addtional adhesive for self stick tiles

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Old 03-02-09, 10:48 AM
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addtional adhesive for self stick tiles

Hello,
I recently installed Armstrong self stick vinyl tiles directly on my smooth basement floor. I have found that they creak when I walk on them, even after 48 hours of heavy weight on them. I suspect they aren't well stuck due to the cold floor. I intend to pull up each tile one by one and apply additional adhesive.
1. Will or do you think this should work?
2. What product would you recommend using for this? I have some tile adhesive but doubt it is meant for vinyl products.
Thanks,
Pat
 
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Old 03-03-09, 10:37 AM
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When I put my tiles down about 2 yrs ago in the kitchen, I used a dab of liquid nails. I put one on each corner and one in the center. I have yet to have one come up. I heard horror story's of the tiles coming up and I needed them to stay down for atleast 4-6 yrs or until I get my kitchen remodel done. I did have to tear one up and let me tell ya, it was a pain in the but.

Did you take a heavy roller and roll them after install?? What did you stick them to(subfloor??) Also, I don't know if they will restick after you tear them up? How many are there? I made a couple mistakes and had to take one or two up during installation and there were a lot of stuff from the subfloor on it. I forget the name of the subfloor I have but it is like luan, its is super smooth on one side and the other is a little rough. It may be different for you though.
Let me know
Good LUck
 
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Old 03-03-09, 01:51 PM
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I used some CVT adhesive last night, thin coat as directed. I am not holding my breath. I don't have a roller, but I went over each tile all over with my body weight and palm of my hand. There are about 50 tiles, small area so it's not that bad to redo.
As for your other question, it is directly to the concrete floor. There was nothing on the tiles thankfully. If the tiles aren't stuck today, I will try the liquid nails thing.
Thanks much!
Pat
 
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Old 03-05-09, 03:35 AM
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My coworker installed peel n' stick on his basement bathroom floor which was on concrete. It has been over 2 yrs now and he hasn't had a problem and he didn't use any extra adhesive. His concrete was only about 5 yrs old so not sure if that has anything to do w/ it.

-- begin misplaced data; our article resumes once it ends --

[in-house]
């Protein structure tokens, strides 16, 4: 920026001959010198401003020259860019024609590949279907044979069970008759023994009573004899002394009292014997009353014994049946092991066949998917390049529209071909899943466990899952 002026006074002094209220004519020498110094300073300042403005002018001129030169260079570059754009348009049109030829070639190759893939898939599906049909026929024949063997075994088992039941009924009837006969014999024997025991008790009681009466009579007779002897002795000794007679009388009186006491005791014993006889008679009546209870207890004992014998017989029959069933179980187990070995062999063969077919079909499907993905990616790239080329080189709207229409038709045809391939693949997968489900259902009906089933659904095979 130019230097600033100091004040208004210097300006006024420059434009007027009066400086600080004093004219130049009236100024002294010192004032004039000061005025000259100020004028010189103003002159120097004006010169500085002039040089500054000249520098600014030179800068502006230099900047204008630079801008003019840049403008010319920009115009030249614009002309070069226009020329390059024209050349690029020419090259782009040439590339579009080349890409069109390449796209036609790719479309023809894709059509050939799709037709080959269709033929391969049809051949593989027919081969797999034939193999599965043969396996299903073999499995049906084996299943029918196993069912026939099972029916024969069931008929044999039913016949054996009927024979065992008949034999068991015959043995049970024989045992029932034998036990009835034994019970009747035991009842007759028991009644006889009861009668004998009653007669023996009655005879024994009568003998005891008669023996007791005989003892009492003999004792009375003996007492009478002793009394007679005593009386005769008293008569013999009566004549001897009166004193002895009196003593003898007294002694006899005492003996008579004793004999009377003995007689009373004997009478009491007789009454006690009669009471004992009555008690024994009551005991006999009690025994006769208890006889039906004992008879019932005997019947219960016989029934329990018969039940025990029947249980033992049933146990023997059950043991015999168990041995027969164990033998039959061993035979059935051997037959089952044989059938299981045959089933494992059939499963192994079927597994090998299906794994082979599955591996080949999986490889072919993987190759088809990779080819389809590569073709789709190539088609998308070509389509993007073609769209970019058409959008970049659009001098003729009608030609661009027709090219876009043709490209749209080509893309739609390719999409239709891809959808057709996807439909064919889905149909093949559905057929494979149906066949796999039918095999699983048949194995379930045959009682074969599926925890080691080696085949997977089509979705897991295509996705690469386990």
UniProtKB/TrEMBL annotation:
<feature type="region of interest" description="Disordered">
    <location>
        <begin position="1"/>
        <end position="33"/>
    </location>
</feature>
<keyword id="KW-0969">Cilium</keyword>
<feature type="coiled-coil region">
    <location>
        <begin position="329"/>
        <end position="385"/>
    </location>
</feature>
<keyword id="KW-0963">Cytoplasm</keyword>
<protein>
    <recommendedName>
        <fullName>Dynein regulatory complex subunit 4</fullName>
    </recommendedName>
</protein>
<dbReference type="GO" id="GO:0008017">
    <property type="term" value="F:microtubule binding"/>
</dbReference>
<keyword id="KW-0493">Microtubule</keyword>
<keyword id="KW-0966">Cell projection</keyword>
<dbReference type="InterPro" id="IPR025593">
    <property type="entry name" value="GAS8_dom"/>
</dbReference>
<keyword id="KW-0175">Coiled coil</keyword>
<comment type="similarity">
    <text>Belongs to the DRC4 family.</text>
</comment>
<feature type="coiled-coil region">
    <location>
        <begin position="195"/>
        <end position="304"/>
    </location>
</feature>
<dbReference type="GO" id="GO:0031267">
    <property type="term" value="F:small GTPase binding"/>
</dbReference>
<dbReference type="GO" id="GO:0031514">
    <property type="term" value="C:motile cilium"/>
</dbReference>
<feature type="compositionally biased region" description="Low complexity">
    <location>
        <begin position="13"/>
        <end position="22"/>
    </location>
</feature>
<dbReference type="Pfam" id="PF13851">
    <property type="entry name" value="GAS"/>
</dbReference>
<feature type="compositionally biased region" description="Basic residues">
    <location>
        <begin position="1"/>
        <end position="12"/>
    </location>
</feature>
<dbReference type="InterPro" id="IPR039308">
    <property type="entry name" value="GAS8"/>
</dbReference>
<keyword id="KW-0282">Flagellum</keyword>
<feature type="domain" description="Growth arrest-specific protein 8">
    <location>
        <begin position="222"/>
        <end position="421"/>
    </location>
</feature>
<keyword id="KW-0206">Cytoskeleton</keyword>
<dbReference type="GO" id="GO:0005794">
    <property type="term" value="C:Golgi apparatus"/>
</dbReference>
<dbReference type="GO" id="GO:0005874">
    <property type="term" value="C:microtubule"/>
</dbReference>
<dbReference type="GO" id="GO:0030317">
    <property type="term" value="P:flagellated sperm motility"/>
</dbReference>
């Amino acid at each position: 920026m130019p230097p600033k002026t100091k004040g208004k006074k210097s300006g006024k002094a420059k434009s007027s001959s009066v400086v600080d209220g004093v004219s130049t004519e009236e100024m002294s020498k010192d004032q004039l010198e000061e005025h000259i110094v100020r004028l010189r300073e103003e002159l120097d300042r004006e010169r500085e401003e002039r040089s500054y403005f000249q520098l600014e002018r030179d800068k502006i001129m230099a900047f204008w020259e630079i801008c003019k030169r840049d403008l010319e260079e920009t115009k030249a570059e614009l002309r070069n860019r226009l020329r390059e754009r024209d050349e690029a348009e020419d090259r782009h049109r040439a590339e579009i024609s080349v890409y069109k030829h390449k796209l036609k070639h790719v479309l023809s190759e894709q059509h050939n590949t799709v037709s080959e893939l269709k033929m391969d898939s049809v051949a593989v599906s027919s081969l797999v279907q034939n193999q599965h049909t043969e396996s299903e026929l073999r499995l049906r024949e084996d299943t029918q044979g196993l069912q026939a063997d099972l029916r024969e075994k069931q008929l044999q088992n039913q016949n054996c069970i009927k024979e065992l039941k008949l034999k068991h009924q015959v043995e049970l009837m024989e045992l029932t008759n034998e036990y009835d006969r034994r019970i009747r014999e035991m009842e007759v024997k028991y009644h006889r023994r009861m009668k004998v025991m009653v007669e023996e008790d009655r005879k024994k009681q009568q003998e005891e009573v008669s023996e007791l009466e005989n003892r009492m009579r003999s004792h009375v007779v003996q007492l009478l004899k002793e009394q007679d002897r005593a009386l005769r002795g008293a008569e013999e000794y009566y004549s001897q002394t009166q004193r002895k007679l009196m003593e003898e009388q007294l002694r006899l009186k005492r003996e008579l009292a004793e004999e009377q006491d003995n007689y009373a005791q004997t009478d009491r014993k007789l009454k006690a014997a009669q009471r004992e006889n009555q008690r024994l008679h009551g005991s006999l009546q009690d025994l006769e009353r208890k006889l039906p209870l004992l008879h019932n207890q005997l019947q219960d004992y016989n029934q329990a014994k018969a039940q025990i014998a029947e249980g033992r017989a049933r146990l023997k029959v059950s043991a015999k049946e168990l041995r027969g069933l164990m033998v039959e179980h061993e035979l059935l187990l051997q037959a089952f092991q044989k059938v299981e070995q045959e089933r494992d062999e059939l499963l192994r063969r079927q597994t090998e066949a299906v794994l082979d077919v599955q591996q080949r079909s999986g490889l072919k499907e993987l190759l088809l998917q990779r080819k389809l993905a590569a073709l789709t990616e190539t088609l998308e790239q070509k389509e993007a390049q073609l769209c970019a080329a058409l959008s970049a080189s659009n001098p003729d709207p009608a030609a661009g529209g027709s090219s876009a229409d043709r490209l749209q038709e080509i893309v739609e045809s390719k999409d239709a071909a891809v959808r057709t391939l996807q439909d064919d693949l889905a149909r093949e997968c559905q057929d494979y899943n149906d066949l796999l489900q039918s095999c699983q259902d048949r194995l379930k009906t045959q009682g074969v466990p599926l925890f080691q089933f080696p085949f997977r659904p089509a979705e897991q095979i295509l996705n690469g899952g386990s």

Good luck
 
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Old 03-05-09, 05:25 AM
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Warm climate? I am in WI. I think it might be the cold. Anyway, the CVT cement held a bit better and I am going to just deal with it. The room is for storing wine and will see little traffic. If it were a kitchen, I'd probably have a durability problem.
Pat
 
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Old 04-27-14, 12:13 PM
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Vinyl Tiles (VCT) on rough concrete & Liquid Nails

I know this is an old thread, but for anyone reading it later as I am, a word of caution; Liquid Nails is fine if it supplements screws or nails in porous materials. It helps prevent any movement when rigidity is required. However, it is not good for non-porous materials (vinyl is only very slightly porous), and after a matter of 5 years or so, it dries completely, and fails to hold anything that was not also secured else-wise.

I once went back and used finish nails to attach quarter round that had been used by the homeowner 5 years earlier in a post & beam home where it was used to trim every section of wall between every exposed post & beam in the house. They were just dropping off. The old Liquid Nails was not hard to chip off, but it was a tedious job. Liquid Nails, in my opinion, is not a great choice for vinyl tiles on rough concrete, and at least one better choice is cheaper.

About self-stick tiles on cement floors. We patched our basement floor as best we could. Built just post depression, lots of short cuts had been taken. The basement had only been half excavated when the house was built, and that half was the first concrete pour, almost certainly made in small batches by one man who couldn't make and haul new batches as fast as earlier batches were curing. Sometime later, the rest of the basement was dug by hand, and that section of the floor is 3/4" to 1-1/2" higher than the original, and it's surface was finished with a stiff broom. There is an uneven crack between them. Small cracks exist almost everywhere one looks.

Best solution, I believe, would be to pour a self-leveling cement over the whole floor, but that's cost prohibitive. Instead, we did our best to fix what we have. We used a dry-stick vinyl tile glue, and adhesive backed tiles (only because they offered better choices in our price range); there is no peeling or curling of the edges, no bubbles, no noises when we walk on them, and no other evidence that they aren't sticking. Without the additional glue, they would certainly not have stuck well on very much of the floor.
 
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